A wind-whipped wildfire in Oak Creek Canyon near Flagstaff dramatically increased in size Wednesday as it sent up choking plumes of smoke, threatened homes and scuttled Memorial Day weekend plans in the popular hiking and camping area.
Hundreds of firefighters poured into Northern Arizona to battle the fire between Sedona and Flagstaff, and by Wednesday afternoon it had grown to about 4,500 acres.
The fire threatens 300 structures north of Slide Rock State Park, which is closed.
Authorities also warned about 3,200 residents in communities near Flagstaff that they should be ready to evacuate if the fire makes another advance.
The blaze presented several challenges for firefighters, including steep terrain, thick pine forest, erratic and gusting winds and the drought conditions, said Bill Morse, a Flagstaff Fire Department captain and a spokesman for firefighting managers. The winds helped the fire race 2,000 feet up the canyon to a plateau area.
The fire broke out Tuesday at the start of the tourist season and closed the main road between Sedona and Flagstaff.
About 500 firefighters and other personnel are already assigned to the fire, including 15 hotshot crews. But windy conditions forced firefighters to briefly stop using air resources such as retardant. They were flying again Wednesday evening. Crews were focused on keeping the fire west of a highway near threatened homes.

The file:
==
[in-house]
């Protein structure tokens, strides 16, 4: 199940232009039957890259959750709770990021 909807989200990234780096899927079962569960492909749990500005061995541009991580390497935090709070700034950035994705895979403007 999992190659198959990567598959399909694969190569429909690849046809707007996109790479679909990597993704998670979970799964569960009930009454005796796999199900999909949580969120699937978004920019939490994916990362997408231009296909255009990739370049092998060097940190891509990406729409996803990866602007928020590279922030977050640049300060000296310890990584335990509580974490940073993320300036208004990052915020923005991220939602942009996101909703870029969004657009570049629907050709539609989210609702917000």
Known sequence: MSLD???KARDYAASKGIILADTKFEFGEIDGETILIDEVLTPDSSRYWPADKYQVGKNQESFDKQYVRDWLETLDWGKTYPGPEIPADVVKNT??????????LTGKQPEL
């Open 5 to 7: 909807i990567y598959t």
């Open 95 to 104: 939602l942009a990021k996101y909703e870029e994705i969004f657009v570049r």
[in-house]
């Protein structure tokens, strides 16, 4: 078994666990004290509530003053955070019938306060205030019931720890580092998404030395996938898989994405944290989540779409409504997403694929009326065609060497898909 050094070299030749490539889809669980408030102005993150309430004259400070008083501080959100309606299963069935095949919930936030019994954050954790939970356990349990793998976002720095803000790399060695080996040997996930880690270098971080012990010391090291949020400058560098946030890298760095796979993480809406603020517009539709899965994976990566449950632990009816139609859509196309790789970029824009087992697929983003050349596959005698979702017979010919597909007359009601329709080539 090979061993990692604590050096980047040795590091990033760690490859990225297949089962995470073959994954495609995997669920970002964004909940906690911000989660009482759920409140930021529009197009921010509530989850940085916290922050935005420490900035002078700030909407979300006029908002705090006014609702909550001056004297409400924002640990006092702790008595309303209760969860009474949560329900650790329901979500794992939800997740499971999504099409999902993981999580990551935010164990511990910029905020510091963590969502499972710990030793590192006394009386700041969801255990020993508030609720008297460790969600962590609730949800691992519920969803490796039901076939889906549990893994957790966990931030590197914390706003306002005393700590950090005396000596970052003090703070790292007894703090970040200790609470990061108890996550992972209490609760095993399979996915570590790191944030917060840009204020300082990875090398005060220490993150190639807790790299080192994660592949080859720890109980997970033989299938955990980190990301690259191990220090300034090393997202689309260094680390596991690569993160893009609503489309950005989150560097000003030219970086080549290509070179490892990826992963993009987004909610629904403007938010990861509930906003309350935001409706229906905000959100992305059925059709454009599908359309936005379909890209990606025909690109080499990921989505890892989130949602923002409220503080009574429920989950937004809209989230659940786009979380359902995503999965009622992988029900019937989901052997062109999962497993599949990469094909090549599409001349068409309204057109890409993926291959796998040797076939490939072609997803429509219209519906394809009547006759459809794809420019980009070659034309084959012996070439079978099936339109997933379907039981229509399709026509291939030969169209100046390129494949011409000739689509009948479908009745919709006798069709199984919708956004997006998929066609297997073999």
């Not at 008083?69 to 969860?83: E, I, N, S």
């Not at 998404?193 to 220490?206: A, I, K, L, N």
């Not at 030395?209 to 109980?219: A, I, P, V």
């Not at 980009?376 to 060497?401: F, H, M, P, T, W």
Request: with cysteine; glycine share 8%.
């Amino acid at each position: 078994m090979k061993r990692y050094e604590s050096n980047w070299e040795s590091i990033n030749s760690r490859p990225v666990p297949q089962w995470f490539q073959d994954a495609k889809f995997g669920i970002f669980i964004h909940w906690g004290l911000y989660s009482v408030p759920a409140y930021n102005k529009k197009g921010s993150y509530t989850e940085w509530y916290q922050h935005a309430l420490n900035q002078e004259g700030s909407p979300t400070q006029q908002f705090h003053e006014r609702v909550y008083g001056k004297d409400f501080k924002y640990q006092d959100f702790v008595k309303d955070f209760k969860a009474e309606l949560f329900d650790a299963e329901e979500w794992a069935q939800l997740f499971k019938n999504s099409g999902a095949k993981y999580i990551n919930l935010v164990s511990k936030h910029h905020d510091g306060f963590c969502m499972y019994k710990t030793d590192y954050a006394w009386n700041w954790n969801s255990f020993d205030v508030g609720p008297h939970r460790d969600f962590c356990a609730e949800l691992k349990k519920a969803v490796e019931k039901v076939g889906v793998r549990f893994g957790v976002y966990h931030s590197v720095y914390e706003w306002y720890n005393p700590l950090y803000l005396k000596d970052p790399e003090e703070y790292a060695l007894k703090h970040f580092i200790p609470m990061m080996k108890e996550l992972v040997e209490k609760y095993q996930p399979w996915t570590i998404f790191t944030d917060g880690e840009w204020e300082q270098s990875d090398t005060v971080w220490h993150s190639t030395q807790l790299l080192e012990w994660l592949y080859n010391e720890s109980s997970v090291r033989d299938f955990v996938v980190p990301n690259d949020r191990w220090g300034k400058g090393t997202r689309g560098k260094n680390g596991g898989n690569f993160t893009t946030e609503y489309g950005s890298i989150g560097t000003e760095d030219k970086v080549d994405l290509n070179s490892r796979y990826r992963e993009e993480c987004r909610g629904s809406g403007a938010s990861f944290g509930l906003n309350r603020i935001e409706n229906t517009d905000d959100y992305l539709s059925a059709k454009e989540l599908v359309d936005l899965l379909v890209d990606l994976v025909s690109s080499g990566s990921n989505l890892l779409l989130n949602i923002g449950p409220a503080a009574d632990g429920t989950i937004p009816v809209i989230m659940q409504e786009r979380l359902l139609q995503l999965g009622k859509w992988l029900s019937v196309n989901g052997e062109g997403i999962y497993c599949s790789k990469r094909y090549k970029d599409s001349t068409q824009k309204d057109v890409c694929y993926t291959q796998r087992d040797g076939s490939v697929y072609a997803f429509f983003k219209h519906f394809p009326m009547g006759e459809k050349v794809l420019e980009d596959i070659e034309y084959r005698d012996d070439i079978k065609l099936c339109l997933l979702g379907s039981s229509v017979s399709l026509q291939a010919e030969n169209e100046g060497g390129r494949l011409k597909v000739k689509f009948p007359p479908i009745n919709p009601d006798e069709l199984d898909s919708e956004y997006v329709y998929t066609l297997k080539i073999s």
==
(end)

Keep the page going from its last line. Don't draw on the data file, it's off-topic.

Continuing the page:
There were no reports of injuries or structures burned. The cause of the fire wasn’t known, but authorities believe it was human-caused.
The fire forced the evacuations of 100 businesses and homes in a 2-mile stretch north of the state park. The communities of Kachina Village and Forest Highlands were told they needed to be ready to evacuate.
Several wind-whipped wildfires are blazing across public lands and Indian reservations around the state as the Memorial Day weekend approaches:
The lightning-caused fire on the San Carlos Apache Reservation east of Globe had burned 33,548 acres by Wednesday.
The human-caused fire was burning north of Phoenix near mile marker 255 on Interstate 17 near the Badger Springs Exit. It has scorched 500 acres.
The fire, burning about 30 miles east of San Carlos on the San Carlos Apache Reservation, had consumed 1,163 acres. The cause is under investigation.
The 450-acre fire was burning near Elgin. The grass fire was being fought primarily by crews on foot after high winds grounded air tankers Wednesday. The fire was 30 percent contained.
Other smaller fires were burning north of Fort Huachuca, and on the Tohono O’odham Reservation southwest of Tucson. That fire was about 200 acres south of Arizona 86 and east of Sells.
A forest fire about 30 miles east of Payson near Woods Canyon Lake in Northern Arizona burned at least 150 acres Wednesday.
Here is information you’ll need to know if you will be traveling to areas with active fires or visiting public lands with fire restrictions:
LEARN ABOUT RESTRICTIONS
Travelers, campers and other recreation enthusiasts can learn about fire restrictions by visiting this website: firerestrictions.us/az
Also, check www.az511.gov for road closures, especially in fire areas.
INFORMATION ON FIRES
For updated information on wildfires in Arizona, go to inciweb.nwcg.gov/state/3/#
Windy weather is expected to continue today in Southeastern Arizona, with highs near 90 in Tucson. There’s a 10 percent chance of rain Friday. The weather in Sedona today is expected to be mainly sunny with gusty winds. Showers and thunderstorms were possible through the weekend.